There is no ‘golden age’ for Malala to return to in Pakistan

The message is simple: everything Malala has learned is wrong

Peter Popham
Thursday 18 July 2013 18:57
Malala Yousafzai speaking at The United Nations last week
Malala Yousafzai speaking at The United Nations last week

I am not privy to Malala Yousafzai’s plans, but I strongly advise her against returning to Pakistan, at least as long as Adnan Rashid is a free man. The open letter sent to her by Rashid and widely published yesterday – there is a facsimile on the website of The New York Times – is a remarkable but also a terrifying document.

In the most insidious and seductive tones, Rashid, a Pakistan Taliban leader who escaped from the jail where he was imprisoned for trying to assassinate former president Pervez Musharraf, declares how shocked he was by her shooting and how much he wished he had been able to prevent it. “My all [sic] emotions were brotherly for you,” he gushes, “because we belong to the same Yousafzai tribe.”

The letter’s message is simple: Malala may desire an education, but everything she has learned is wrong. Like generations of Muslims before her, she has been gulled by the fiendish British scheme to colonise its subjects’ brains. Rashid quotes a passage by Lord Macaulay which is still famous in the subcontinent, arguing that Britain’s task is to create “a class of persons Indian in blood and colour, but English in tastes, in opinions, in morals and in intellect”.

This passage has provoked and infuriated Indians and Pakistanis ever since – because it came to pass. That is how Britain was able to rule India with a tiny force of soldiers and administrators. Macaulay’s words divided Indians into two parties. On the one hand there were people such as Sir Syed Ahmed Khan, a passionate advocate of Muslims being educated to fulfil their potential. As one of his supporters, Nazir Ahmed, wrote, “While all of us were spending time in useless disputation/The men of Europe leap into the void of God’s creation… /Now God himself has moved to share his secrets with these nations/Because they have perceived the mode of Nature’s operations.”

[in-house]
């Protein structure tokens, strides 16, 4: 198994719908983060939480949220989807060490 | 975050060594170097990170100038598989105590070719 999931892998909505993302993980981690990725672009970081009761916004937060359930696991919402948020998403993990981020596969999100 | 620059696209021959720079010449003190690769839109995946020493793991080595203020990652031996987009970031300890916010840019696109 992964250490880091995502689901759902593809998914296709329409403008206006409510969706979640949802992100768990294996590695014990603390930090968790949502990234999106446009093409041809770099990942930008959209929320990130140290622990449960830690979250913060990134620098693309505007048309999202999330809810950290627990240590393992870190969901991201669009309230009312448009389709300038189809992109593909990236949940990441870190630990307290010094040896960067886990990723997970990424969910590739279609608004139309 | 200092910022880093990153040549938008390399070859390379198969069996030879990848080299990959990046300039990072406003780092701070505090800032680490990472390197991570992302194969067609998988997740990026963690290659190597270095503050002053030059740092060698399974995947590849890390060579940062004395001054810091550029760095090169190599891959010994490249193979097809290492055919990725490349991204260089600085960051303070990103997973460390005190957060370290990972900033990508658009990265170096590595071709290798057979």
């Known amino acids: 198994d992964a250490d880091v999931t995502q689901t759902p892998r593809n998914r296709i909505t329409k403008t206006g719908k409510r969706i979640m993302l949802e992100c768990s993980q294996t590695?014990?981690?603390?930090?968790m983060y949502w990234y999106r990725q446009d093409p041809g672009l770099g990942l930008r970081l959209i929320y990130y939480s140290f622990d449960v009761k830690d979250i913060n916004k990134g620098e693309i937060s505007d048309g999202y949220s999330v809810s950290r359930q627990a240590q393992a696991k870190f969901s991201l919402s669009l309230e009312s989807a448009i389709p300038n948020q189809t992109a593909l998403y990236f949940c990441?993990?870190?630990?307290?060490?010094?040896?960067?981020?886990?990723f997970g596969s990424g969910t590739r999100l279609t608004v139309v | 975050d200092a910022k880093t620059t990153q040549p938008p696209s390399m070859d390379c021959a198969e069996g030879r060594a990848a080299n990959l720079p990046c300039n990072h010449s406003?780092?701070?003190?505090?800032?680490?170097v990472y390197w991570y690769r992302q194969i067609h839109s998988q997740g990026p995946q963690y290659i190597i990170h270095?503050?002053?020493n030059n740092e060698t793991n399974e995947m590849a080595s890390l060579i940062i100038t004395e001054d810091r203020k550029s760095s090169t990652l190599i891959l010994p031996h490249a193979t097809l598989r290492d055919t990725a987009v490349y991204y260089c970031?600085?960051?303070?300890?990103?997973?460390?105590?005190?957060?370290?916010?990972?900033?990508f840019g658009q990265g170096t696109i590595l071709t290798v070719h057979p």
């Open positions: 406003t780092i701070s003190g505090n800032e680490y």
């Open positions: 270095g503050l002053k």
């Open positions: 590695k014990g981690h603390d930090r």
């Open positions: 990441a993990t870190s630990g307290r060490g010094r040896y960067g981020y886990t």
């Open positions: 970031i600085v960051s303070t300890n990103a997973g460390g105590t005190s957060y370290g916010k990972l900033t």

On the other hand, there were those who looked back to an imaginary golden age before the British, who vilified technological progress and urged Indians – both Hindus and Muslims – to return to the simplicity of the village, the temple, the Koran.

That was nearly a century ago. But Gandhi failed to impose his faith in the spinning wheel on the independence movement: Nehru and Jinnah realised there was no real alternative to studying hard to catch up with the West.

The tragedy is that, 100 years on, Rashid and people like him are still trapped in that sterile debate. They still dream of a return to the golden age when, according to Rashid, “almost every citizen was able to read or write … No poverty, no crises and no clashes of civilisation or religion. Because the education system was based on noble thoughts and noble curriculum”.

Rashid, a technician with the Pakistan Air Force before he found his vocation with the Taliban, presumably knows the world of modern technology better than most people reading this column. But the sting of humiliation in Macaulay’s words drove him to reject it, to embrace a world where learning means memorising the Koran by heart and murdering your enemies, including teenage girls, and persuading yourself therein lies the path of virtue and godliness.

He desires the same for Malala, urging her to turn her back on the “satanic” West, “adopt the Islamic and pushtoon [sic] culture, join any female Islamic madrassah … study and learn the book of Allah”.

They are words of brotherly concern and admonition. And if Malala does not care to follow them, it is clear enough what will follow. Nowhere does Rashid apologise for or condemn the Taliban’s attempt to murder her. “It was shocking for me,” he declares, and he implies that it could have been avoided “if I had advised you before”.

The attack could have been avoided, in other words, if she had abandoned her path and followed his. But as she did not do so, it was justified, however shocking. If she is so reckless as to go home, Adnan Rashid and his men will be on the lookout for her.

Italy has been shamed enough

Roberto Calderoli, a northern Italian dentist, has fashioned a brilliant political career out of saying the unsayable. But this time he may have gone too far.

When leaky boats crammed with dead and dying Africans were towed into Lampedusa harbour, Calderoli urged the Italian navy to send gunboats to fire on them. When Italy won the World Cup, he crowed about beating a French side composed of “blacks, Muslims and communists”.

Berlusconi, his ally, asked him to devise an electoral law that would make it impossible for the opposition ever to win again. He did so, then later went on television to describe his law as a porcata (a load of rubbish).

By such means, in a political system that defies satire, Calderoli has risen to be deputy speaker of the Senate. But when he said that Cécile Kyenge, Italy’s first black cabinet minister, put him in mind of an orangutan, he may have gone too far. Now he is under investigation for racial defamation, and Prime Minister Enrico Letta is demanding that he resigns. It’s about time. He has brought enough shame on Italy already.

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